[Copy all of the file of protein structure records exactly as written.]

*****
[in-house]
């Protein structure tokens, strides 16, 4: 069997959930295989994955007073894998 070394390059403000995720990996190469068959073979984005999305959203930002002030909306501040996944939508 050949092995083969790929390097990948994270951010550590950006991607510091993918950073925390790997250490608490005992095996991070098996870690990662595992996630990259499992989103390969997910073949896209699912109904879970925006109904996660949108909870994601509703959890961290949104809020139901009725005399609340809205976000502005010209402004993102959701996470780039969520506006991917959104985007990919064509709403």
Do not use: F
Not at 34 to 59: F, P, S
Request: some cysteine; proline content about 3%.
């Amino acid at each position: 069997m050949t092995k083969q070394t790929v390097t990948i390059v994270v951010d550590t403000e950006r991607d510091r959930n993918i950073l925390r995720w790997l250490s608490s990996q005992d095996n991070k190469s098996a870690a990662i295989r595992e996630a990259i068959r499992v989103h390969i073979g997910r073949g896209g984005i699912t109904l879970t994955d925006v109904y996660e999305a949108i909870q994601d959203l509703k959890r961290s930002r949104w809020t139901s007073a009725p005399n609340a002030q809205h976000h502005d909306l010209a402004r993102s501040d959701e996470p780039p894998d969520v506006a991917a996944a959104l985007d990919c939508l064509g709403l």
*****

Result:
[in-house]
């Protein structure tokens, strides 16, 4: 069997959930295989994955007073894998 070394390059403000995720990996190469068959073979984005999305959203930002002030909306501040996944939508 050949092995083969790929390097990948994270951010550590950006991607510091993918950073925390790997250490608490005992095996991070098996870690990662595992996630990259499992989103390969997910073949896209699912109904879970925006109904996660949108909870994601509703959890961290949104809020139901009725005399609340809205976000502005010209402004993102959701996470780039969520506006991917959104985007990919064509709403």
Do not use: F
Not at 34 to 59: F, P, S
Request: some cysteine; proline content about 3%.
């Amino acid at each position: 069997m050949t092995k083969q070394t790929v390097t990948i390059v994270v951010d550590t403000e950006r991607d510091r959930n993918i950073l925390r995720w790997l250490s608490s990996q005992d095996n991070k190469s098996a870690a990662i295989r595992e996630a990259i068959r499992v989103h390969i073979g997910r073949g896209g984005i699912t109904l879970t994955d925006v109904y996660e999305a949108i909870q994601d959203l509703k959890r961290s930002r949104w809020t139901s007073a009725p005399n609340a002030q809205h976000h502005d909306l010209a402004r993102s501040d959701e996470p780039p894998d969520v506006a991917a996944a959104l985007d990919c939508l064509g709403l």